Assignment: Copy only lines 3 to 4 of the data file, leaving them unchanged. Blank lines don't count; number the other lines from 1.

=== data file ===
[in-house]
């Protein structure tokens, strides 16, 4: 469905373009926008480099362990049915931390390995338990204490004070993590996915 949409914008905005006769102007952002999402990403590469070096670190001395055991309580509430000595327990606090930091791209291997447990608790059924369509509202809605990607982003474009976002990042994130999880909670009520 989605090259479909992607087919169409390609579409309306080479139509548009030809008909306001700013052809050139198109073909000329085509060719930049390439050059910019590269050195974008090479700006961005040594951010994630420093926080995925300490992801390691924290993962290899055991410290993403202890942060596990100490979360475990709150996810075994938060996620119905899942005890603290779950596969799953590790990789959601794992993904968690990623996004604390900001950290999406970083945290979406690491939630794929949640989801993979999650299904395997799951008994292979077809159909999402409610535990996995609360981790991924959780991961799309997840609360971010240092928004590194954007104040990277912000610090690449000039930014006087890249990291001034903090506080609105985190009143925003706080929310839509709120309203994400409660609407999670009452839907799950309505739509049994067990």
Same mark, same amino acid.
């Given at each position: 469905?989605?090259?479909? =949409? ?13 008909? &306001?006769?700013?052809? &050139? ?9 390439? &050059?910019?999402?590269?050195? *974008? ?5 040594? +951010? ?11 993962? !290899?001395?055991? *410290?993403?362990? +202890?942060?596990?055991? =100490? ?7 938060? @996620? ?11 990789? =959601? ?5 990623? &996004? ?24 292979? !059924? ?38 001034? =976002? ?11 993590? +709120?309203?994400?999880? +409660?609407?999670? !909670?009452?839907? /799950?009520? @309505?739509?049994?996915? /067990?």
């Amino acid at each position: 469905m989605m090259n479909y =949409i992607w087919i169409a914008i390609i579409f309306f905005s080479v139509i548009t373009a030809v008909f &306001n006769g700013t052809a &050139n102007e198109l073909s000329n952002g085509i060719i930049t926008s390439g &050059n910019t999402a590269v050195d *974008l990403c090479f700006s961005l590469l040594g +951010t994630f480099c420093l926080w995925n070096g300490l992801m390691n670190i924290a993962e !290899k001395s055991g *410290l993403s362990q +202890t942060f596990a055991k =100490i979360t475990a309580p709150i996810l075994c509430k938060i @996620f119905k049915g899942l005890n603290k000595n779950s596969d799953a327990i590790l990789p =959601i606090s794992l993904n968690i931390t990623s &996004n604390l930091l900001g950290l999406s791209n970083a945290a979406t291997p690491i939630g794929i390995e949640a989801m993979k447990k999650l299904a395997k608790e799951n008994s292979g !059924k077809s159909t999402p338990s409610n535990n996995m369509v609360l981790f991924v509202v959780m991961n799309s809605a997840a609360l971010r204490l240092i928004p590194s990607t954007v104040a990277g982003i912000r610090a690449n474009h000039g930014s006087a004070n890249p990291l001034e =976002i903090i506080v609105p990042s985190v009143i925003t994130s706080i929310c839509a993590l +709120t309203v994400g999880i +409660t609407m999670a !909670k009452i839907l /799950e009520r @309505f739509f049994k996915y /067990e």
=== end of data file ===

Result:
Same mark, same amino acid.
């Given at each position: 469905?989605?090259?479909? =949409? ?13 008909? &306001?006769?700013?052809? &050139? ?9 390439? &050059?910019?999402?590269?050195? *974008? ?5 040594? +951010? ?11 993962? !290899?001395?055991? *410290?993403?362990? +202890?942060?596990?055991? =100490? ?7 938060? @996620? ?11 990789? =959601? ?5 990623? &996004? ?24 292979? !059924? ?38 001034? =976002? ?11 993590? +709120?309203?994400?999880? +409660?609407?999670? !909670?009452?839907? /799950?009520? @309505?739509?049994?996915? /067990?």